Introduction to Investing in the Stock Market - Part 1
How to boost your bottom line, make your money work overtime, and become a financial goddess
I know Beyonce told us that girls run the world but you know she and Jay-Z understand better than most that you need money for true power. A lot of us just have our meager savings sitting in our bank account not doing much. The most you usually get from putting your moolah in a savings account is a piddling 5 percent. You can expect an average rate of return of 12 percent from some medium risk investments in the stock market. To explain what we are doing by investing in stocks, I’d like to tell you about a friend of mine who now runs a successful restaurant selling southern cuisine.
My friend (we’ll call her, Debra) had always really wanted to start a restaurant, but she was a struggling single mother and there was no way that she was going to be able to put together enough green to start a business like that. She didn’t have a ton of money but she did have lots of good friends and close family who supported her dreams. Okay, we all love Debra, but, even more important to this story, we love her double-baked mac and cheese, southern greens, candied yams, peach cobbler, cornbread, and barbecue. We’d all enjoyed her food many times and knew that anyone else who tried her food would also want to have it again and again. So, we were all willing to pitch in to contribute to her business. This wasn’t charity. It was an investment. By contributing to its startup, we all became part owners in her business. Which is really nice now that she’s starting to make a profit because it means that we each get some fraction of those profits, depending on how much we contributed. (Some of us just get free barbecue when we visit the restaurant).
Investing in a company works in a very similar way. Companies, like Debra, raise money by trading ownership in their company for funds. When you purchase a share of stock in that company, you become part owner. For example, take a look at the Walt Disney Company. You could buy one share of stock in Disney, at the time I am writing this, for $110.55 (U.S. dollars). Don’t get too excited though. There are 1.51 billion shares of Disney floating around. So, your one share of stock would be a 1/1.51 billionth stake in the company.
Just in case you wanted to get them to produce the animated version of that fanfiction you just wrote, note that a fraction of ownership in Disney that small won’t really give you any say in what happens at Disney. In fact, brokers (that’s who you buy shares of stock from) won’t usually let you purchase shares of stock in less than 100 share “lots.” It’s kind of like how the ATM won’t let you take less than $20 out, except you are spending money with the brokers and it’s just not worth it to them to put the transaction through unless it’s a full lot of 100 shares. Let’s see then. Hmmmmm, 100 shares of Disney at $110.55/share… that’s $11,055 for one lot. Yikes! Don’t worry, there are other ways to get into investing though, that don’t involve spending the down payment for a house.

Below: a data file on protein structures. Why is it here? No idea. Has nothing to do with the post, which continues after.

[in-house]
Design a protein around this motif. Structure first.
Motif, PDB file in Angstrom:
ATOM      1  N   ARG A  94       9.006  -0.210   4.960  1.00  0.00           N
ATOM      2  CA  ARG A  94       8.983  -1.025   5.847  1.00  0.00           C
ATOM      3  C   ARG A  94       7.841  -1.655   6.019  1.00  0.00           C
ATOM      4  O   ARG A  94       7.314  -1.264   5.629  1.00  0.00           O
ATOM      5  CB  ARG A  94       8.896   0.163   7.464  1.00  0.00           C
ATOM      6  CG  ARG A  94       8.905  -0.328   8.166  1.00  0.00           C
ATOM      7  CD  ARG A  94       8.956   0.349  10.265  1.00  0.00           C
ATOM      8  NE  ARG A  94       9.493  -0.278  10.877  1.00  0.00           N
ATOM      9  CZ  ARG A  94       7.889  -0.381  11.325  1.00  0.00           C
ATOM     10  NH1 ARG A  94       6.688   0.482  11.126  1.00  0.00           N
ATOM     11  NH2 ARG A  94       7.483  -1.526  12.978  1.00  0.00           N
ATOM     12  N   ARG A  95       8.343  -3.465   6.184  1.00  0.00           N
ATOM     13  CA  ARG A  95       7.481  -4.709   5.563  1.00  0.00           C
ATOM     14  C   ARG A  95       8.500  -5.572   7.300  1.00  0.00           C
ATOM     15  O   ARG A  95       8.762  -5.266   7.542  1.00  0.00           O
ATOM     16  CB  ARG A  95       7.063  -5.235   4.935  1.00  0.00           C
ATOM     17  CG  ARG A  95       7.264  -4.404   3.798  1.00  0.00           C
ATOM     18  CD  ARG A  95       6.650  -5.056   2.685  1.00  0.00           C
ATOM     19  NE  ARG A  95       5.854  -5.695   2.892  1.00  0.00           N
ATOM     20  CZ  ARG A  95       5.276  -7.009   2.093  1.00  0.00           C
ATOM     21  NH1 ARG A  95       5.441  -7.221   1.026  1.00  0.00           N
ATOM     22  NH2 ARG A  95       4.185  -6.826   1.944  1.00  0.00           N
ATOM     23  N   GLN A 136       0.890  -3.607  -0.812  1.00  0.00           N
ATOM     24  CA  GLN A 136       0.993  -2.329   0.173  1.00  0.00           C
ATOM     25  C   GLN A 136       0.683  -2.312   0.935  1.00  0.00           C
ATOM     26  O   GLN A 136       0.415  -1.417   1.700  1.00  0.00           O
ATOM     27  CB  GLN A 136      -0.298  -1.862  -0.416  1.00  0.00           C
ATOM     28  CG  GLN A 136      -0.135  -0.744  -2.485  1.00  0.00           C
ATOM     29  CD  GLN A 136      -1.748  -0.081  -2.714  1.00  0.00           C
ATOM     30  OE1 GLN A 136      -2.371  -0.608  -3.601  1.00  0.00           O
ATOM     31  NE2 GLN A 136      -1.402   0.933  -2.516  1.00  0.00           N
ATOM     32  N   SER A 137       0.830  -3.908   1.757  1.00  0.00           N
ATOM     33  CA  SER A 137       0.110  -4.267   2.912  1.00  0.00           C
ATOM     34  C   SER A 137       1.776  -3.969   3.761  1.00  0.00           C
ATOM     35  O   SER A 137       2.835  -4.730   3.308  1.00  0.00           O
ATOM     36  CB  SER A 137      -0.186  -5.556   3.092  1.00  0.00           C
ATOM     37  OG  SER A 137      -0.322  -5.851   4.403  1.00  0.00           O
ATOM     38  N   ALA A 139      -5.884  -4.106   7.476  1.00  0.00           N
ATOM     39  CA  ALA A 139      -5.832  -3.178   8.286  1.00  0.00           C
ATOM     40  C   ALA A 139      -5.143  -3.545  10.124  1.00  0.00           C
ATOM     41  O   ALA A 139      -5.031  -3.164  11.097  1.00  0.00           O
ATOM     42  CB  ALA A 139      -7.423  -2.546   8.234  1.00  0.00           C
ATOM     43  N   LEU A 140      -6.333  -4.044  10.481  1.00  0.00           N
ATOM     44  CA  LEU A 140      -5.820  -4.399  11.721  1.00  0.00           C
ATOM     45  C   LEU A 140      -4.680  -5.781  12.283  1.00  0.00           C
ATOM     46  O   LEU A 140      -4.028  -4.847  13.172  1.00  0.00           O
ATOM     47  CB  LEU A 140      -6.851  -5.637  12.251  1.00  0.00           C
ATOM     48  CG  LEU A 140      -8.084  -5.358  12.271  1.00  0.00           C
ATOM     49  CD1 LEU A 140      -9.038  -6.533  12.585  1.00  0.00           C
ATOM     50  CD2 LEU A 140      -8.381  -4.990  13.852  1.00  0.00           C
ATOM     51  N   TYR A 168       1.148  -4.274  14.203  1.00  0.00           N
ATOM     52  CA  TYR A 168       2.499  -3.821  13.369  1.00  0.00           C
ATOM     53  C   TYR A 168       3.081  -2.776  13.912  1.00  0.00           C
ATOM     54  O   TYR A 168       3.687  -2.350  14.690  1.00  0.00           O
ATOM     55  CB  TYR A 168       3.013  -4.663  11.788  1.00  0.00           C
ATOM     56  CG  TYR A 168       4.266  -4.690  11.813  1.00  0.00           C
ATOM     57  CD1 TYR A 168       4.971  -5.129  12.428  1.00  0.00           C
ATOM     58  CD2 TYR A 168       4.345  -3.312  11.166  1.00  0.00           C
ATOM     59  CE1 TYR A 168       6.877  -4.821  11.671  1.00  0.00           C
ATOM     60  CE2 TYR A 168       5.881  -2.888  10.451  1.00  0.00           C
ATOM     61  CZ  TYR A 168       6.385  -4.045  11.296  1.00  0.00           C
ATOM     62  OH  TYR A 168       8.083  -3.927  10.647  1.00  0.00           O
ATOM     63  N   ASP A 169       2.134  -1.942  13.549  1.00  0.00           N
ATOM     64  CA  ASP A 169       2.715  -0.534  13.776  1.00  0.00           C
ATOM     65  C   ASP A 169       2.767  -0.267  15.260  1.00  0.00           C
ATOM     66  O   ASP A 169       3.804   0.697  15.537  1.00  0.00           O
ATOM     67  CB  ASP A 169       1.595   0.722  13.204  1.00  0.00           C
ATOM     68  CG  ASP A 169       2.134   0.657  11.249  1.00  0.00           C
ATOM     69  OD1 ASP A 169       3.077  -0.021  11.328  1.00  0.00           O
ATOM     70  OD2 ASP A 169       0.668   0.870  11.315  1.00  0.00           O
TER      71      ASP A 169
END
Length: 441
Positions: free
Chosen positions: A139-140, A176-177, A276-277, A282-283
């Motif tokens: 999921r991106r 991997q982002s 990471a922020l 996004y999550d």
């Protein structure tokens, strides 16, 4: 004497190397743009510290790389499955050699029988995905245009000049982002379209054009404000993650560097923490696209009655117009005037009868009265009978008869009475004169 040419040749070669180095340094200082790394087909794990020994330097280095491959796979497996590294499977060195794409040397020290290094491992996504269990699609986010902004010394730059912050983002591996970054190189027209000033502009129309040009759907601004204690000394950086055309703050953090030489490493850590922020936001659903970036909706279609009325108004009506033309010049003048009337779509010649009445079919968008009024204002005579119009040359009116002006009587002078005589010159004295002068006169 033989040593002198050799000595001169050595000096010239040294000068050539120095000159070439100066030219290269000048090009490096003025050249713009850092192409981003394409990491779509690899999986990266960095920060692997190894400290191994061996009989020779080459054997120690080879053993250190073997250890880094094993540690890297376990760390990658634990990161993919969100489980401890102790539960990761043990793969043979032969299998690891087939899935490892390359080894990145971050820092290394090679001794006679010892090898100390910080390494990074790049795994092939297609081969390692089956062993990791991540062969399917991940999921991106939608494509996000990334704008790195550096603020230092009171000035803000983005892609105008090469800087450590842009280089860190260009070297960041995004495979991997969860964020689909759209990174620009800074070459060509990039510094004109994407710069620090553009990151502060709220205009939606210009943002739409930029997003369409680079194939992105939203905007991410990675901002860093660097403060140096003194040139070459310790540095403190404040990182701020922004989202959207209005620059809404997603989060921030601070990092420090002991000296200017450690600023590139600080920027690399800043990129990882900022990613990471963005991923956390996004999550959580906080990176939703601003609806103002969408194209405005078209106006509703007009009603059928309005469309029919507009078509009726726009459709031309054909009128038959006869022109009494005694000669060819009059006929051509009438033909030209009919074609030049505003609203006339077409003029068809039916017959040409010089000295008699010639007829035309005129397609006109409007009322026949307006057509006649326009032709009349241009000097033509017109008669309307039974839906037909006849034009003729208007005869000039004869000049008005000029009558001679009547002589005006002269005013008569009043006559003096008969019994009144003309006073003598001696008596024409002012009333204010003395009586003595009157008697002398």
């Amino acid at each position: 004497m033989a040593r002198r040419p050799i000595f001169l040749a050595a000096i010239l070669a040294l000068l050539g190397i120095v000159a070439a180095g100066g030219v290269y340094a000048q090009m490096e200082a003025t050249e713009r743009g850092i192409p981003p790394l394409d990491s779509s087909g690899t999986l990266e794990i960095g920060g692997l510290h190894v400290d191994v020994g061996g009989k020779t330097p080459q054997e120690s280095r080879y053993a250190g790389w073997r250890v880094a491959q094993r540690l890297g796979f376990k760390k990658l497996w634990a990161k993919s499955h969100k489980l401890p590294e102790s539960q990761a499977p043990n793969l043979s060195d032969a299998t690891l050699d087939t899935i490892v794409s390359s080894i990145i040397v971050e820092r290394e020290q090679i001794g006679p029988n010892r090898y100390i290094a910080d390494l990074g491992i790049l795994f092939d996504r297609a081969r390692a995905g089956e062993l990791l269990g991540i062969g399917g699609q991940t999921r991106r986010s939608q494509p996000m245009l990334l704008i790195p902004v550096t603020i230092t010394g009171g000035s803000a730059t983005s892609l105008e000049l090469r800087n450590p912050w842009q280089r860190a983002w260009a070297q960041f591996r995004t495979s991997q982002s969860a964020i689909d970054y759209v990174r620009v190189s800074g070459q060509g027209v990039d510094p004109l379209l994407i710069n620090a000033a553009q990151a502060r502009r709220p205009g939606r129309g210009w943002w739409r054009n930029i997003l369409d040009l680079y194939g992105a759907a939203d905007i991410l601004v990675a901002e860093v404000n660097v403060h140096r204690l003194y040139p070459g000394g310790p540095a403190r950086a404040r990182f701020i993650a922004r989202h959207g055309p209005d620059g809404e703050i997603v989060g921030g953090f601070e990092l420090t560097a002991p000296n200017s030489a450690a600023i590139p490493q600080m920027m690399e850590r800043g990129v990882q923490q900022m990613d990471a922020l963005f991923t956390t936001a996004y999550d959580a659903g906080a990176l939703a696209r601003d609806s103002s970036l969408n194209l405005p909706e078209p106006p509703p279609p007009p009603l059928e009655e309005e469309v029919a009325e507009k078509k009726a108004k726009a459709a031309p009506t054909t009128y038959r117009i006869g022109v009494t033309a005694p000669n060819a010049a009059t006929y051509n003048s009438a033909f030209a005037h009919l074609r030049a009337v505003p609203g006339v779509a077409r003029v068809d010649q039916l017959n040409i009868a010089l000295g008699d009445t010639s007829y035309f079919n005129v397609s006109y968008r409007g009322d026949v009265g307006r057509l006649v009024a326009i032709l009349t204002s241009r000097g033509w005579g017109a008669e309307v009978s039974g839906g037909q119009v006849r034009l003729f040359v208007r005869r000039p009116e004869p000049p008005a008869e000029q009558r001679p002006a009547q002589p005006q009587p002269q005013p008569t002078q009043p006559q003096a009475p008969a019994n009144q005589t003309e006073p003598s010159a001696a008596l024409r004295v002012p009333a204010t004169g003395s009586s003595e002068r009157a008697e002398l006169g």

One way is to buy shares of companies that are not quite so expensive. There are lots of companies whose stocks are trading for less than $100. For example, let’s look at a few companies in the video game industry. Are you a fan of Call of Duty or Overwatch?
Activision shares are currently selling for $70.98 each. What about mobile gaming? Does it seem like there is always someone playing Farmville on their phone? Mobile game maker, Zynga, is currently a very affordable 3.75/share. And, Gamestop, the video game retailer, is not too expensive at $16.69/share.
Why would you want to have a stake, or part ownership, in a company anyway though, especially if it was going to be such a small fraction? Well, the price of a stock goes up or down depending on how well people believe the company is going to perform in the future. So, if everyone was excited about the next Thor movie coming out and expected this to boost Disney’s profits because it was expected to do very well at the box office, then the price of Disney stock might go up before the movie comes out. If you bought it today at $110.55/share and then shortly before the latest Thor movie comes out it goes up to $125.00/share and you sell at that price (buy low, sell high), then you would have made $15/share. Not that exciting if you only have one share of Disney maybe but let’s say you bought three lots of Zynga (that’s 300 shares) March of last year at $2.75/share?
If you sold your lots at $3.75/share, then you would have made $1/share or $300 total. That’s in just 10 months! That’s an amazing rate of return given that you made $300 from investing only $825 initially.
The down side is at least as big as the upside though as you can also lose money in the same fashion. In November, Zynga was selling for $4.17/share. If you had purchased your three lots of stock at that time then you would be down $126 on your initial investment, about 10 percent. It’s important therefore to know something about the company you are investing in. If you like video games, invest in game companies that make the titles that you’re excited about or who run the stores where you are currently buying your games. Do some research to find out information about what is coming out in the future and invest in the companies that make the titles you are looking forward to purchasing later. If you are buying from them, after all, you are already investing in them financially, without the benefit of being part owner. Make a switch from consumer to intentional investor and watch your financial potential bloom.
Stay tuned until next time when I’ll talk about mutual funds, a relatively low-risk way to start investing and a method of purchasing expensive stocks in companies like Disney or Apple without selling everything you own.